The Miami Dolphins came away with the win in the first of their back-to-back California games on Sunday with a 31-24 victory over the San Diego Chargers. Things did not always go right for the Dolphins, but once again, they plugged away at the Chargers until things started to open up, and they found a way to win. They are now a game over .500, still firmly in the AFC playoff picture, and even, surprisingly, in the hunt for the AFC East division title.
There were a lot of good things that happened on Sunday. There were some bad and some ugly, as well. Each week, we break down the Dolphins’ most recent performance using those three categories. What were the good, the bad, and the ugly for yesterday’s game?
The Chiefs and Broncos coming back to win their games, meaning Miami could not gain on them in the Wildcard chase.
Okay, that may not be exactly the “breakdown.” But, that is about how it feels after that game. It really was a fun game to watch, with the Dolphins and Chargers both featuring defenses that did not want to budge early, while the respective offenses were trying to get their running games started. The second half turned into a back-and-forth, fast-paced contest, with both the running games and the passing attacks from both teams opening up.
Let’s get to the actual breakdown, shall we?
- DeVante Parker - The Dolphins’ 2015 first-round pick suddenly looks like a first-round talent coming into his own. He picked up 103 yards on five catches on Sunday, and could have had more if another long pass was not called back due to a penalty. He has been battling a hamstring issue all season, but it looked like he was finally 100 percent this week, and he was a constant target for quarterback Ryan Tannehill.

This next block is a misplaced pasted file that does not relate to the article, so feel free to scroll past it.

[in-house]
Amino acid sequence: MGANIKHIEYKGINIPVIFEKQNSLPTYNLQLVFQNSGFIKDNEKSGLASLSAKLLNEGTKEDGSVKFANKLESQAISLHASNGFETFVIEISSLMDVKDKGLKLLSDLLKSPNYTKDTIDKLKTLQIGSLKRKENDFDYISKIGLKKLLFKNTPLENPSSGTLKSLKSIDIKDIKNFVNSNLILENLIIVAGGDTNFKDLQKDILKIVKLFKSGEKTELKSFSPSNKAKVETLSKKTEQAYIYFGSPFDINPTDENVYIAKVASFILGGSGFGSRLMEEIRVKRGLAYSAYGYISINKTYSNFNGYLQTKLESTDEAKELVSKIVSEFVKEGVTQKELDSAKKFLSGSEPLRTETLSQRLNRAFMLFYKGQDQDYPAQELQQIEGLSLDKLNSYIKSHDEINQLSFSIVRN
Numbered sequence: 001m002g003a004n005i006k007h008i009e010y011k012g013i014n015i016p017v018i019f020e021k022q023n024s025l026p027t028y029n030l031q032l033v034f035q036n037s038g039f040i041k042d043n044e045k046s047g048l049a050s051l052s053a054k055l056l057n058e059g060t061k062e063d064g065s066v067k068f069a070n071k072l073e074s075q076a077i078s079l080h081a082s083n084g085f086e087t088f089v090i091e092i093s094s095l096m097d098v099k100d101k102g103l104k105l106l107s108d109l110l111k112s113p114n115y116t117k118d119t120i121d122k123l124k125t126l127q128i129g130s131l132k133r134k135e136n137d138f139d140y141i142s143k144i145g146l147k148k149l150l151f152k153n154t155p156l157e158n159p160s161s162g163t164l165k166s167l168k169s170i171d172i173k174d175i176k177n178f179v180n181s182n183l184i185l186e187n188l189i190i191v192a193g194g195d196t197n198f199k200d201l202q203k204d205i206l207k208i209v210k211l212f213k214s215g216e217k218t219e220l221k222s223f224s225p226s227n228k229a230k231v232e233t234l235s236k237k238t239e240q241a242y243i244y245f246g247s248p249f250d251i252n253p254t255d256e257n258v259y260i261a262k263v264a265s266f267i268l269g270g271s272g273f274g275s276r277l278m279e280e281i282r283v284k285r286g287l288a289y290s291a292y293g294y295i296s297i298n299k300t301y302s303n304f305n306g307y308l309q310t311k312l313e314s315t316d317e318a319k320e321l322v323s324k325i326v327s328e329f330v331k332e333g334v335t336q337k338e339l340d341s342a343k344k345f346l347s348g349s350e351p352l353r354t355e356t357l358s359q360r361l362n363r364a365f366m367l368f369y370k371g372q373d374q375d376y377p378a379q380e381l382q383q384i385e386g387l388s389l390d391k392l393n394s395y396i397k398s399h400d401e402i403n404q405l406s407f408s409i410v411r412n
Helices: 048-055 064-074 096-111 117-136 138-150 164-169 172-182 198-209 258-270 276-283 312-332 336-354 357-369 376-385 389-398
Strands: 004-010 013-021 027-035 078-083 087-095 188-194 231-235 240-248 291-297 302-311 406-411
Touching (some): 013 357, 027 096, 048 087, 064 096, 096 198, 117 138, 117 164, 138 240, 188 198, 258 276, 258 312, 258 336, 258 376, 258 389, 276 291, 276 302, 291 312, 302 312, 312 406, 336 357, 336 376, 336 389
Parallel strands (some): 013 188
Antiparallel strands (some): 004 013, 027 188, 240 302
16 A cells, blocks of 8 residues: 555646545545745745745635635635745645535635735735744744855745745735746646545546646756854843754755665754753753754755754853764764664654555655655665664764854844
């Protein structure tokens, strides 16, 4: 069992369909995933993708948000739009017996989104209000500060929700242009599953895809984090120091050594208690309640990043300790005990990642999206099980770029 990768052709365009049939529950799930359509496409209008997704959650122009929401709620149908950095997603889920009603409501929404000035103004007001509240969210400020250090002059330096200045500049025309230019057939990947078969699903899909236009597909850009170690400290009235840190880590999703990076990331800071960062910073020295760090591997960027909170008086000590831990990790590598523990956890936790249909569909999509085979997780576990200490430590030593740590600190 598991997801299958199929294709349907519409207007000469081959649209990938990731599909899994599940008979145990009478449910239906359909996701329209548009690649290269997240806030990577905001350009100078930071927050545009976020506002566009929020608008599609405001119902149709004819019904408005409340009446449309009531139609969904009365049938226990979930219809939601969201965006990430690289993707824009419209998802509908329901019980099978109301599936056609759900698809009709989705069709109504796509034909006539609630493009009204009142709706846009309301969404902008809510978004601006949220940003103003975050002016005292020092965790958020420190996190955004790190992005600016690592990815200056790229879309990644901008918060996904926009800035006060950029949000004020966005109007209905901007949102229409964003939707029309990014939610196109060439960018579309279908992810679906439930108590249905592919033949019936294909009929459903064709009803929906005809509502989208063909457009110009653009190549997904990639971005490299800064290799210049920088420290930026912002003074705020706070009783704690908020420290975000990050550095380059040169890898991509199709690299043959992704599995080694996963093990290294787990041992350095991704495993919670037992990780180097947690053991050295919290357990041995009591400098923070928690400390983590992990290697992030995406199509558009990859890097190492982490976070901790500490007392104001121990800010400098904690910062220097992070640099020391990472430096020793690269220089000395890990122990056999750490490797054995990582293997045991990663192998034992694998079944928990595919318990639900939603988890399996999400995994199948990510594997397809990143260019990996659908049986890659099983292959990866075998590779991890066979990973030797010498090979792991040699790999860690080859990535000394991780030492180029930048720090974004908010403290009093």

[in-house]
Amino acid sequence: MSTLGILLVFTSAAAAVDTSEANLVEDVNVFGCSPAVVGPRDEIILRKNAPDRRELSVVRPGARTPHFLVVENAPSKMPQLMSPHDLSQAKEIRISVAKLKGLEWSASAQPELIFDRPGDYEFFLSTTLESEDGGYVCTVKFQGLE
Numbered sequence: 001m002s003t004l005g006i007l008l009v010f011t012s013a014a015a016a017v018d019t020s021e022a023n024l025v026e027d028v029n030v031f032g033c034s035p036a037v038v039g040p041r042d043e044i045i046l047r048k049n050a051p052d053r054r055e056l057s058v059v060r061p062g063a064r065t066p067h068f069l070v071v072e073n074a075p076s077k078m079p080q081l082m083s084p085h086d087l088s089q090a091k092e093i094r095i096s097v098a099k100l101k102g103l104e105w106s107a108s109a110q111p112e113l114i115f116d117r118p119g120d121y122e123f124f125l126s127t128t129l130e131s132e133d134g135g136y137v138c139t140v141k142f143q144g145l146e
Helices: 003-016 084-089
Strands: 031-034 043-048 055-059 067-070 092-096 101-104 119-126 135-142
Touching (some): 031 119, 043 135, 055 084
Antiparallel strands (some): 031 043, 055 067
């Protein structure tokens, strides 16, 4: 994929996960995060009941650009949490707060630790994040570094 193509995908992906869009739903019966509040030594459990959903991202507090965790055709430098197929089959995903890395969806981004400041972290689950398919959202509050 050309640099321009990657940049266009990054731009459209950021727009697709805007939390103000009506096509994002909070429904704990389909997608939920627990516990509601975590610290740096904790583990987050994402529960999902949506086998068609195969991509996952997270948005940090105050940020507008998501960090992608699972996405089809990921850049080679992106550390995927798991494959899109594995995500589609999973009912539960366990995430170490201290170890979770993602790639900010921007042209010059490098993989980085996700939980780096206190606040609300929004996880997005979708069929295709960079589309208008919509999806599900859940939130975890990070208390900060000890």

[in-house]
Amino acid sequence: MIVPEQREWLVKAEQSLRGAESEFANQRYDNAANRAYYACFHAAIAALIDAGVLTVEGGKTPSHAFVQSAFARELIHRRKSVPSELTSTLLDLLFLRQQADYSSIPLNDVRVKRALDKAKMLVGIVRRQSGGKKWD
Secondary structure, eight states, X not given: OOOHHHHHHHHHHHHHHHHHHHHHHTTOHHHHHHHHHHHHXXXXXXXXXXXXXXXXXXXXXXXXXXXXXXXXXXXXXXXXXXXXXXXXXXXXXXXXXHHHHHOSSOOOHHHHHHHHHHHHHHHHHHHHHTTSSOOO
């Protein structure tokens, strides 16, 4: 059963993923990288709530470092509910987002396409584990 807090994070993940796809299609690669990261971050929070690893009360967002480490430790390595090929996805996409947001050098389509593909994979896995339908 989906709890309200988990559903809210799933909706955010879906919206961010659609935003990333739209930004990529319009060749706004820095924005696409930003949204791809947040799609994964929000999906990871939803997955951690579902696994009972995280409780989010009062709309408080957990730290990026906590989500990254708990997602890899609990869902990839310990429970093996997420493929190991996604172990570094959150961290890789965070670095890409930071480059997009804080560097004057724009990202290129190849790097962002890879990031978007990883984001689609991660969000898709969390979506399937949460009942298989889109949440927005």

- Jarvis Landry - While Parker was putting up the long receptions, Landry was again the most consistent receiver for Miami, catching all six passes thrown his way, totaling 53 yards. He was not always available when Tannehill needed to find someone, but that is more about the Chargers doing a good job in keeping him covered than anything else. A week after the Dolphins did not go to Landry much, the team clearly wanted to get him involved and it was good to see.
- Ryan Tannehill - 17-for-24 for 240 yards with 2 touchdowns, a 130.6 passer rating and a 93.5 QBR. Add in three carries for 16 yards, including a key 3rd-and-11, 18-yard gain when he escaped a sack, rolled right, looked for a receiver, found no one, realized Landry was pulling the two defenders away and he ran for the first down. This was among the best games we have seen from Tannehill, and it again comes from the team giving him good protection and receivers coming through for him. It is almost like he is a good quarterback who needed time to develop and a chance to play behind a good offensive line.
- Cameron Wake - Three tackles, with two sacks - which was really three sacks, but two of them were split with Andre Branch and Ndamukong Suh. Wake was again a beast on the defensive line, pushing him to 7.0 sacks on the season and into a tie for eighth in the league. How explosive was Wake on Sunday? He was offsides twice - on the same play. He jumped offsides, managed to jump back, reset, and then jumped again before the flag was pulled. If Wake can continue to perform like this the rest of the year, opposing quarterbacks could be in trouble all year.
- Tony Lippett - The wide-receiver-turned-cornerback had his best game of his two-year career on Sunday, leading the team with seven tackles and recording two interceptions. His picks stopped the threat the Dolphins were facing after a muffed punt gave the Chargers the ball at the Miami five-yard line. His second pick ended the game, taking away any chance the Chargers had of making a comeback. It was not always perfect for Lippett, but it was clearly good.
- Earl Mitchell - Welcome back, Mitchell. After sitting out the past eight weeks due to a preseason calf injury that re-occurred in Week 1, Mitchell returned to the playing field and showed that he still is a force from the defensive tackle position for Miami. He seemed to be in the backfield a lot and he recorded four tackles, with two tackles for a loss.